Austria-Bhutan Society Helps Build Schools In Remote Villages Of Bhutan
The ABS also provides scholarships, sports coaches and exchange of medical doctors.
By Phub Dem | Kuensel
Pangtokha Primary School which is located in the district of Trashiyangtse may be remote, but it is lucky - the school is a beneficiary of the Austria-Bhutan Society (ABS).
The Society has recently built staff quarters and academic blocks and it has been extending support to Bhutan since it was founded in 1997.
Contributions of the Austria-Bhutan Society
With the aim of providing direct access to education for the population in rural Bhutan, the society focuses mainly on developing infrastructure. So far besides Pangtokha, they have also supported Kengkhar Lower, Trichhu Gompa and Rangtse Primary Schools.
Source: Map of Bhutan
Among the many projects initiated by ABS, the President of the Society, DDr. Claus Walter said that the rural elementary school in Pangtokha, located in an isolated part of Eastern Bhutan stands out in particular.
In February 2005, ABS’s first educational policy project built ten classrooms for 150 children. Currently, Pangtokha School has 71 students.
According to Nima, the Principal of the school, ABS provided school uniforms and musical instruments besides financial help.
“The remote school received lots of importance from the society and we are grateful,” he said.
In 1997, DDr. Claus Walter founded the Austria-Bhutan Society (ABS), with close consultation with the Foreign Ministry.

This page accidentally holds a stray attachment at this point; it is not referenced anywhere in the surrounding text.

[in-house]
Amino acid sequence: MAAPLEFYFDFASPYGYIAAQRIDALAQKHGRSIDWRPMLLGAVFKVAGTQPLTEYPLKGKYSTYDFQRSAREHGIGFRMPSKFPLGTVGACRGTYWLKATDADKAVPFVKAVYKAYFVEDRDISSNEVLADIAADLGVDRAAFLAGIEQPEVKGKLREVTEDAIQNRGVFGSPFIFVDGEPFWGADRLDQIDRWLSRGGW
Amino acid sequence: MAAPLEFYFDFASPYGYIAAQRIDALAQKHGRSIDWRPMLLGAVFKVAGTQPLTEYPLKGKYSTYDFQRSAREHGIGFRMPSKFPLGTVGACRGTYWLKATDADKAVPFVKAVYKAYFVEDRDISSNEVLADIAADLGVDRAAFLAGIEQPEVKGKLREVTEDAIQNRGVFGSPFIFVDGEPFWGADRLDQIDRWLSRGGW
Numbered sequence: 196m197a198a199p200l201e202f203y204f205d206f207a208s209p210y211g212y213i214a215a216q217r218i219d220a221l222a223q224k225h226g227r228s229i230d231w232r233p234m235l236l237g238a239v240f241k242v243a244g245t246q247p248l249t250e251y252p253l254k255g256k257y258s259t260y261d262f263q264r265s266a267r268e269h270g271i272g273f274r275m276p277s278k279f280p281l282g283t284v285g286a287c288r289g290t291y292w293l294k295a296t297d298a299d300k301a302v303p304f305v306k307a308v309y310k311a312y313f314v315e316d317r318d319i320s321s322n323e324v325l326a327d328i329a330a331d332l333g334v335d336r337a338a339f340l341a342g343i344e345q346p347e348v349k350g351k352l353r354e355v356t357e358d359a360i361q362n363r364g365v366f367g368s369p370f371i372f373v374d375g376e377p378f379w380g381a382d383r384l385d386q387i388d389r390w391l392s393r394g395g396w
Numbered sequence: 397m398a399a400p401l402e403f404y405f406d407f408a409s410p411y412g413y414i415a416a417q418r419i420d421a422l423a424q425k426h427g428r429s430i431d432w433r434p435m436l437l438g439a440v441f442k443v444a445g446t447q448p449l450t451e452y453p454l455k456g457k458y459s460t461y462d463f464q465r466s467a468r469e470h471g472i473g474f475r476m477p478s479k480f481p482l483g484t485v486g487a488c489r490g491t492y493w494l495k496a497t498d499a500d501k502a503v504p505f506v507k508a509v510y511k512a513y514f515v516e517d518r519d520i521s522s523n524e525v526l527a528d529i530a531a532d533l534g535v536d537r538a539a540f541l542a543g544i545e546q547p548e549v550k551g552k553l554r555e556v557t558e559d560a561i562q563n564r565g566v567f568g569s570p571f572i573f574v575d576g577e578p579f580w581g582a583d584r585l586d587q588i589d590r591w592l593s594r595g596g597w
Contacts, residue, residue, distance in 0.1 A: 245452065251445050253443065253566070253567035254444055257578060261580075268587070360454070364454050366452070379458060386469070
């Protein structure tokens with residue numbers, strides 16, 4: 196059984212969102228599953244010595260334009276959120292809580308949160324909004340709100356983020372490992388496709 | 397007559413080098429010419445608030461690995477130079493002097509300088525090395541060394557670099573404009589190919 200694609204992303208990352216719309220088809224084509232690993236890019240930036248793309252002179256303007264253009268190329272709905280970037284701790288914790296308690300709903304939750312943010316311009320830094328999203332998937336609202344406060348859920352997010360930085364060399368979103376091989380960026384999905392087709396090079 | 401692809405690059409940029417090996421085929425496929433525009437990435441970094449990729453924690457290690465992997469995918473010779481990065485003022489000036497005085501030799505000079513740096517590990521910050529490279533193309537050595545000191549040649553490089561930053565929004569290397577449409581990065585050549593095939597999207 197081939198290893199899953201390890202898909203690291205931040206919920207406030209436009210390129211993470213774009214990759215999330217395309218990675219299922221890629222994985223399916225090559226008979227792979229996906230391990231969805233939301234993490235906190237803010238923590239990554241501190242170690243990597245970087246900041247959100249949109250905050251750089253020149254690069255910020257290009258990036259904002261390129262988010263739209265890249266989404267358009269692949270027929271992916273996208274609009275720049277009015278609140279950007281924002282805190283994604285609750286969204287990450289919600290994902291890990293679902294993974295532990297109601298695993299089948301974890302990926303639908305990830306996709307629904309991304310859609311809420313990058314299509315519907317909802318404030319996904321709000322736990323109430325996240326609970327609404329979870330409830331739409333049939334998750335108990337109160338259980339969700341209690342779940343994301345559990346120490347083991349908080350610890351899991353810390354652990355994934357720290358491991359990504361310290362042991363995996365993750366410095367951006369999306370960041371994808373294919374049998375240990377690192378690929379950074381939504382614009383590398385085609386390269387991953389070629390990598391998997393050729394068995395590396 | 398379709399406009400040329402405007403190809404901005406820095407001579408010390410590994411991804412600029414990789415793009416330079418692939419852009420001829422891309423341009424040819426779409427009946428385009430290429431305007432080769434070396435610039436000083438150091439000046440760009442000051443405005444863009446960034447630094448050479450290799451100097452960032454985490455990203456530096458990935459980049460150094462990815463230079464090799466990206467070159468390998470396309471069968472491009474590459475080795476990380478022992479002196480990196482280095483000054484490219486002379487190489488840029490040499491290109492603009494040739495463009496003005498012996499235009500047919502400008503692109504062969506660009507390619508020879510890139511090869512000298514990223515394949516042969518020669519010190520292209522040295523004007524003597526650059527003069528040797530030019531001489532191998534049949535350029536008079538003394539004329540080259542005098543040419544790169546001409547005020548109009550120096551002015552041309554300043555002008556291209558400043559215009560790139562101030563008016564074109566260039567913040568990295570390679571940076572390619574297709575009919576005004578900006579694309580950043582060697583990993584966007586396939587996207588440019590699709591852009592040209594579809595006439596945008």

Since then, the society has made and continues to make important contributions to the successful development and cooperation, as well as to foster the friendship between the two countries.
More about DDr. Claus Walter, the founder of the Austria-Bhutan Society
A regular visitor to the country, the founder has been to Bhutan 11 times and has toured all the 20 dzongkhags (districts).
Source: Facebook/Austrian - Bhutan Society
DDr. Claus Walter said that he mainly trekked along the old trails which connect the rural communities. By interacting with the villagers, he sought ways to help them.
While on tour, he observed how rural-urban migration is becoming more prevalent because the living conditions in the suburban or urban areas are more favourable.
The ABS also provides scholarships, sports coaches and exchange of medical doctors. The society also helps to solve economic issues by inviting new potential investors into the country.
As Bhutan is set to graduating from its ‘least developed countries’ status, the tiny Himalayan Kingdom with a young and vibrant workforce well-versed in English, holds potential for investors.
This article first appeared in Kuensel and has been edited for Daily Bhutan.